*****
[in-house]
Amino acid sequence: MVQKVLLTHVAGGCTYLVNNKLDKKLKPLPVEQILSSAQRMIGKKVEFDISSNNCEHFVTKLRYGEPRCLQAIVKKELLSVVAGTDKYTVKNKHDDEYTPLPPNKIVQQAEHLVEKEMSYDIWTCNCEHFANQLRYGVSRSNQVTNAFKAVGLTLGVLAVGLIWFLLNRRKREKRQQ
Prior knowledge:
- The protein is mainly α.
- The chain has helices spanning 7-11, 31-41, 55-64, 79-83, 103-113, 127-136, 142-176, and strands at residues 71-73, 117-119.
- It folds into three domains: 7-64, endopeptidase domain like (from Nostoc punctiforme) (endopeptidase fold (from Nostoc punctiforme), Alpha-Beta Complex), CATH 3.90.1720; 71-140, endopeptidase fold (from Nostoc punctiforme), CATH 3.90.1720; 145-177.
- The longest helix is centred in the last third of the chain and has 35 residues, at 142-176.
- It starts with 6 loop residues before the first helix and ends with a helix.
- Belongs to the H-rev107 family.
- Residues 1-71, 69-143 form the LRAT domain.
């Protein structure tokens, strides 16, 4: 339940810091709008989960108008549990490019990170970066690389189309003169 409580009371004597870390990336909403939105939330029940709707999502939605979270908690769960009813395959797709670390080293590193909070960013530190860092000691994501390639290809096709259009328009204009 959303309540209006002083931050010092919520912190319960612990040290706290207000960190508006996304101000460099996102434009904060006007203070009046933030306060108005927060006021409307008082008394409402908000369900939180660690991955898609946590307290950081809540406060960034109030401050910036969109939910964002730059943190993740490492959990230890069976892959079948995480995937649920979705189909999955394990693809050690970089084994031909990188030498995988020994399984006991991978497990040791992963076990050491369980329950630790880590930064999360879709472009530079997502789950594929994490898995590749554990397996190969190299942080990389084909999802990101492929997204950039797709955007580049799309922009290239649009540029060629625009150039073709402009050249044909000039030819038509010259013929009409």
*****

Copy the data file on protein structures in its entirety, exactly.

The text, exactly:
[in-house]
Amino acid sequence: MVQKVLLTHVAGGCTYLVNNKLDKKLKPLPVEQILSSAQRMIGKKVEFDISSNNCEHFVTKLRYGEPRCLQAIVKKELLSVVAGTDKYTVKNKHDDEYTPLPPNKIVQQAEHLVEKEMSYDIWTCNCEHFANQLRYGVSRSNQVTNAFKAVGLTLGVLAVGLIWFLLNRRKREKRQQ
Prior knowledge:
- The protein is mainly α.
- The chain has helices spanning 7-11, 31-41, 55-64, 79-83, 103-113, 127-136, 142-176, and strands at residues 71-73, 117-119.
- It folds into three domains: 7-64, endopeptidase domain like (from Nostoc punctiforme) (endopeptidase fold (from Nostoc punctiforme), Alpha-Beta Complex), CATH 3.90.1720; 71-140, endopeptidase fold (from Nostoc punctiforme), CATH 3.90.1720; 145-177.
- The longest helix is centred in the last third of the chain and has 35 residues, at 142-176.
- It starts with 6 loop residues before the first helix and ends with a helix.
- Belongs to the H-rev107 family.
- Residues 1-71, 69-143 form the LRAT domain.
């Protein structure tokens, strides 16, 4: 339940810091709008989960108008549990490019990170970066690389189309003169 409580009371004597870390990336909403939105939330029940709707999502939605979270908690769960009813395959797709670390080293590193909070960013530190860092000691994501390639290809096709259009328009204009 959303309540209006002083931050010092919520912190319960612990040290706290207000960190508006996304101000460099996102434009904060006007203070009046933030306060108005927060006021409307008082008394409402908000369900939180660690991955898609946590307290950081809540406060960034109030401050910036969109939910964002730059943190993740490492959990230890069976892959079948995480995937649920979705189909999955394990693809050690970089084994031909990188030498995988020994399984006991991978497990040791992963076990050491369980329950630790880590930064999360879709472009530079997502789950594929994490898995590749554990397996190969190299942080990389084909999802990101492929997204950039797709955007580049799309922009290239649009540029060629625009150039073709402009050249044909000039030819038509010259013929009409």